English Curriculum Guide
The goal of the English Department is to encourage and enable all students to:
- read with deeper understanding
- explore texts at literal, interpretive, and critical levels
- expand their repertoire of writing styles and genres
- write with increased insight, evidence, and clarity
- incorporate evidence to support their opinions and arguments
- increase their vocabulary
- overcome their errors in grammar, spelling, and punctuation through individualized correction
- become clearer, more articulate, and more confident oral communicators
- develop more sensitive listening skills
- become media literate students and citizens
- reflect on their development as thinkers, readers, writers, speakers, and listeners in order to better understand their own strengths and areas for growth
- become more organized, more diligent, more responsible, and more reflective as students and as citizens
To be successful in an increasingly global community, students need to enhance their communication skills – written, oral, group, interpersonal, and multimedia communication. New technology is not diminishing but increasing the role of literacies in the 21st century. The ability to speak and write clearly and persuasively, to know one’s audience and purpose, to be sensitive to cultural and disciplinary contexts, to listen carefully, and to engage in articulate, deep discussions are essential skills for the 21st century.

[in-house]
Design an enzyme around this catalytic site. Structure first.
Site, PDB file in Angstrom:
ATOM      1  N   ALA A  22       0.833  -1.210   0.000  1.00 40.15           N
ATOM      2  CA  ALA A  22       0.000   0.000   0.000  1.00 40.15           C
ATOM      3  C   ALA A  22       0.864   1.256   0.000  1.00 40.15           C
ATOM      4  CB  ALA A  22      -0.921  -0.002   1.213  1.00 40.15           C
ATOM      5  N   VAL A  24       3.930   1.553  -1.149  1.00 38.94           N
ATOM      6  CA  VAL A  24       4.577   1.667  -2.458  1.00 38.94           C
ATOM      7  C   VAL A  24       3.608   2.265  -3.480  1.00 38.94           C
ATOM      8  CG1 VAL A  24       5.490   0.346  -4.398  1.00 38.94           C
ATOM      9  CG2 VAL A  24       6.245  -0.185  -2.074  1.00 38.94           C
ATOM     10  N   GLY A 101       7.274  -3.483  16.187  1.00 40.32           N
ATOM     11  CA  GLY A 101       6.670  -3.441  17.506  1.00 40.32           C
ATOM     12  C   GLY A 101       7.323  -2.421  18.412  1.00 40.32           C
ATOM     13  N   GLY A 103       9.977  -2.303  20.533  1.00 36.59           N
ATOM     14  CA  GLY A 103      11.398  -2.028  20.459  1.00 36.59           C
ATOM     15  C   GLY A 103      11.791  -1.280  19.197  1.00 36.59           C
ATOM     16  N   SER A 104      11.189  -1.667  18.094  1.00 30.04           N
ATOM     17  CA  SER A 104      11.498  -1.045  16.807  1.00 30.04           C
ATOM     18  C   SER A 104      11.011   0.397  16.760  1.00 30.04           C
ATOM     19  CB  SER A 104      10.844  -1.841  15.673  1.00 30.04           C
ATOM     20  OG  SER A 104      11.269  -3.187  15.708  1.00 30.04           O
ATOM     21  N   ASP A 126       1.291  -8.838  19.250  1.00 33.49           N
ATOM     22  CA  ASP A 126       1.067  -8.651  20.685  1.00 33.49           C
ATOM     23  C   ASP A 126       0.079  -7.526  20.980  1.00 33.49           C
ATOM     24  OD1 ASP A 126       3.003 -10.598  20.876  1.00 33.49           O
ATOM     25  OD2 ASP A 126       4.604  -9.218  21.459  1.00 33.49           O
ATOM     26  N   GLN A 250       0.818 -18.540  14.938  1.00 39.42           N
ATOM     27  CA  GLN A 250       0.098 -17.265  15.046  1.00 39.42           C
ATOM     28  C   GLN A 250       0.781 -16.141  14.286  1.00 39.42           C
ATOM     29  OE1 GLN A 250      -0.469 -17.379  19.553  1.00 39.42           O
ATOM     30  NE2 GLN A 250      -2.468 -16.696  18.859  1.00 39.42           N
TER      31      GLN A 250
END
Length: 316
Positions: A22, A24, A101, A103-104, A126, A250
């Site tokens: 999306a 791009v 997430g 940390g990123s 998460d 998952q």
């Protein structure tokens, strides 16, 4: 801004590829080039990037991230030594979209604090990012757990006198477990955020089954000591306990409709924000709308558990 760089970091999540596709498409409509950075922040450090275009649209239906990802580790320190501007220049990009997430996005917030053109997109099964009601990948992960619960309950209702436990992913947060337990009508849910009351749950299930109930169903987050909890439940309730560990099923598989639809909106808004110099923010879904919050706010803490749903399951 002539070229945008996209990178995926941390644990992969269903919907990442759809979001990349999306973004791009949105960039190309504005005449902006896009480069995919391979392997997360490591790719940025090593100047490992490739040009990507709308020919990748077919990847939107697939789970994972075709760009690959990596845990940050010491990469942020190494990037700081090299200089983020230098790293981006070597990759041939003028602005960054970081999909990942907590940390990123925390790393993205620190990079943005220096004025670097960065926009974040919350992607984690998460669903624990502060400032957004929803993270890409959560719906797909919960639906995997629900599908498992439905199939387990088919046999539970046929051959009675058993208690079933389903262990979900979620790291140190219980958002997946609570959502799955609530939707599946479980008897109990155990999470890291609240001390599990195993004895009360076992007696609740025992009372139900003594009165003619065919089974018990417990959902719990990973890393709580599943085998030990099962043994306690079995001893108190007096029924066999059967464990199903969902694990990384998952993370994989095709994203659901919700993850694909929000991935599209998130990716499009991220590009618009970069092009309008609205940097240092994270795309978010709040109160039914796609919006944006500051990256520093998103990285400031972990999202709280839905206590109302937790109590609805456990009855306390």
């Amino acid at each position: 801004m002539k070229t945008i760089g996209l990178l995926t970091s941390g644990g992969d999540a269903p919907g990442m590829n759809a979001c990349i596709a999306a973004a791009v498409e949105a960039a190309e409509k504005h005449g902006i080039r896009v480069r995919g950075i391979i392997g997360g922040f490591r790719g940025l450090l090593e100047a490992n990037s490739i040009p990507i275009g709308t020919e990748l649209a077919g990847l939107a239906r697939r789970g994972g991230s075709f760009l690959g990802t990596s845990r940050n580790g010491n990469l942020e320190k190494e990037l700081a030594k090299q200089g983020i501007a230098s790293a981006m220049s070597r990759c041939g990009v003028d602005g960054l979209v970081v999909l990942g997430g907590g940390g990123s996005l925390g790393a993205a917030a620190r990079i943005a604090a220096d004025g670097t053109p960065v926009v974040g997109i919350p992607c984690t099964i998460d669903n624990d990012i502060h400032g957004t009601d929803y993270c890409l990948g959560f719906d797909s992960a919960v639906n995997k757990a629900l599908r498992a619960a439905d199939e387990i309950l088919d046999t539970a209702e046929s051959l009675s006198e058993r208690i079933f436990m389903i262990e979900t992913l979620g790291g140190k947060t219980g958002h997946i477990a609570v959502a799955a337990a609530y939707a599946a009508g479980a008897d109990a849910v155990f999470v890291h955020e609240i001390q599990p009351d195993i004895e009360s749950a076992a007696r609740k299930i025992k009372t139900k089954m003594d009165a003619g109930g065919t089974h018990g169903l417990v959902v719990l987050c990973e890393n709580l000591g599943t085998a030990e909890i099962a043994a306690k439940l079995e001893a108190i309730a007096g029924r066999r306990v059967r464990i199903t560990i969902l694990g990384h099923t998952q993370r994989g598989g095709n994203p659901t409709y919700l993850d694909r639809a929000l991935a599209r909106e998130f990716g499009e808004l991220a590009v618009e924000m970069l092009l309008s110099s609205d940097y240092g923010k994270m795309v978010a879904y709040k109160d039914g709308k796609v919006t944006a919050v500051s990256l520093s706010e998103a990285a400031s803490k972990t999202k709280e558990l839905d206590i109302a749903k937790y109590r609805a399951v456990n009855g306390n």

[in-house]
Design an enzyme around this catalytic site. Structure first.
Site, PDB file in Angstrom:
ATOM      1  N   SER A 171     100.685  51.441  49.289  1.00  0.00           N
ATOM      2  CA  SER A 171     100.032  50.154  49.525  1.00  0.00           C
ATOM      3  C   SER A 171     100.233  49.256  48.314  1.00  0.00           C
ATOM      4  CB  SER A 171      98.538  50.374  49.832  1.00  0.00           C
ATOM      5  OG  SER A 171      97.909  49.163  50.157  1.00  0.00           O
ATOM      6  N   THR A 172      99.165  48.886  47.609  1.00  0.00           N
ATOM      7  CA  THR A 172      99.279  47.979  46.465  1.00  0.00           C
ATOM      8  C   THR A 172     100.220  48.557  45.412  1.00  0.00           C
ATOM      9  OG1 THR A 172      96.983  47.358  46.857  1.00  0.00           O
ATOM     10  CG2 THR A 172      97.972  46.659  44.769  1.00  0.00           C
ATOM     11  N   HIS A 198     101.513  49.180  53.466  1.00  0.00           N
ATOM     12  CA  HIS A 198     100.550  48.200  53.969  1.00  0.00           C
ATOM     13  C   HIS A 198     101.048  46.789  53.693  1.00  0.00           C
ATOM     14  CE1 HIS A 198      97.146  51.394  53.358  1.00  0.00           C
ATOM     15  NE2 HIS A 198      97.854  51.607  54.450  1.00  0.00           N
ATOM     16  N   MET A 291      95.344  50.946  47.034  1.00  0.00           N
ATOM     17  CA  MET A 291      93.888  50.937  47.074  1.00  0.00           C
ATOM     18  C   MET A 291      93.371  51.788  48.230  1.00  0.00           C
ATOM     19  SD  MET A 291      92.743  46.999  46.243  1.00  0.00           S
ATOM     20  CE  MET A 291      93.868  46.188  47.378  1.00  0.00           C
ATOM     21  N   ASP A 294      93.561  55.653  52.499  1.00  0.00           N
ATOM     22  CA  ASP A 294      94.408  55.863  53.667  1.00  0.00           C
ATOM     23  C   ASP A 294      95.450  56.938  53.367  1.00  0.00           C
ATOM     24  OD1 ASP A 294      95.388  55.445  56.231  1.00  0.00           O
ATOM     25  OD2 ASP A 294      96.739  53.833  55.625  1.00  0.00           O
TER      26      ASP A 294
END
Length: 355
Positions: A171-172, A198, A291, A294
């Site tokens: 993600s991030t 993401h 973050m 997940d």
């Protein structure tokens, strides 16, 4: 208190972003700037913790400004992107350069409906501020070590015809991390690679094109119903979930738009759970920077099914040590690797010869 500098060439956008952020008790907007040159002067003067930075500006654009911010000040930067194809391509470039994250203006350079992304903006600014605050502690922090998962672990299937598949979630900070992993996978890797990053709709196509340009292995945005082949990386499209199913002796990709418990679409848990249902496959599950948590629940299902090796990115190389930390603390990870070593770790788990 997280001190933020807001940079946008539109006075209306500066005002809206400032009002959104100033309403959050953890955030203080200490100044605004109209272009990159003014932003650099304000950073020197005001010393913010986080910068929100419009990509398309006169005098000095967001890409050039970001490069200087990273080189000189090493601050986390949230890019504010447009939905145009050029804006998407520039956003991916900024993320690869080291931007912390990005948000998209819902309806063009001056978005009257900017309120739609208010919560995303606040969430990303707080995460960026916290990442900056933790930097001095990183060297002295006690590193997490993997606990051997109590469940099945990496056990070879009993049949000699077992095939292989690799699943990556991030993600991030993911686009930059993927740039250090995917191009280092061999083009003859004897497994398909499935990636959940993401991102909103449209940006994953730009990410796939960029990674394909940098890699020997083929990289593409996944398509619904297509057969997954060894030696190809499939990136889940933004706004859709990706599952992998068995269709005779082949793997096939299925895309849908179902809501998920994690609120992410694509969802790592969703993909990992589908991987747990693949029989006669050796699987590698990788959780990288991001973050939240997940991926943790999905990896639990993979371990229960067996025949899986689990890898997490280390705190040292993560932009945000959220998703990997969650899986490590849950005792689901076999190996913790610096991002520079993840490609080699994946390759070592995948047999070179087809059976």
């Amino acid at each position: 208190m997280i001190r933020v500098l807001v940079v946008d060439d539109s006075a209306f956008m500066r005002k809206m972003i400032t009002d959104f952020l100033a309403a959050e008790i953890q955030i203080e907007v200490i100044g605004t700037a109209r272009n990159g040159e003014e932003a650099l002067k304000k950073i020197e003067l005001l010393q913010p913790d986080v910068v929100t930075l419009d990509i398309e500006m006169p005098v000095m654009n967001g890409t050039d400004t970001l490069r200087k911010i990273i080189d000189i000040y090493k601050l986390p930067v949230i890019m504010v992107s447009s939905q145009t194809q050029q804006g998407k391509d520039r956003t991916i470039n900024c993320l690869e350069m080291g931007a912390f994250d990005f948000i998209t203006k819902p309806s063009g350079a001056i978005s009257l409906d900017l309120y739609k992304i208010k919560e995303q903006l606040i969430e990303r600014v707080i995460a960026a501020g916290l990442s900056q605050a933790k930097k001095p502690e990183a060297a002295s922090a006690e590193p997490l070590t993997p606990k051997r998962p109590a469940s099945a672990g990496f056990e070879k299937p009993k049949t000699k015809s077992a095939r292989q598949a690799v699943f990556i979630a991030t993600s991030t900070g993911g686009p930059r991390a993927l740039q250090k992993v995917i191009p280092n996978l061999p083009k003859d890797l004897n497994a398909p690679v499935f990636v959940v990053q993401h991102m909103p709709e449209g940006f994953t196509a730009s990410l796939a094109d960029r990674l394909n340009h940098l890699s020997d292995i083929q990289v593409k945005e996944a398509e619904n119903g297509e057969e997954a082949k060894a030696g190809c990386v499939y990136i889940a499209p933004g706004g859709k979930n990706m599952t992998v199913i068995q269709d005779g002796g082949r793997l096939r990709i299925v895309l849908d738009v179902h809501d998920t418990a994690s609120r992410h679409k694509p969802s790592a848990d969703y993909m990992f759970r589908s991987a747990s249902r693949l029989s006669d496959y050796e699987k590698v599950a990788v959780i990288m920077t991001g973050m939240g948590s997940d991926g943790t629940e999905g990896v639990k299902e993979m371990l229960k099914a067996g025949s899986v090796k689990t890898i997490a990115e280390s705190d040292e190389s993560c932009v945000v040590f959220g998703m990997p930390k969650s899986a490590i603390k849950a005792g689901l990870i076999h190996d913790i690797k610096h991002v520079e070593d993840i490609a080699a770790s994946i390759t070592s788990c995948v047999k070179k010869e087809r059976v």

English courses are offered with the intent of not only challenging the intellectually curious but also providing a good background of understanding for all. English classes maintain a balance between the content of the discipline – literature and rhetoric – and the skills of language arts – reading, writing, speaking, and listening – that are important across all content areas.
Writing instruction focuses on intermediate writing skills, general writing knowledge and procedures, such as the writing process, and more interdisciplinary forms and genres of writing. Students are expected to gain mastery of more complex genres as they move through school, including expressive or creative writing, expository genres, argument, and interpretive writing.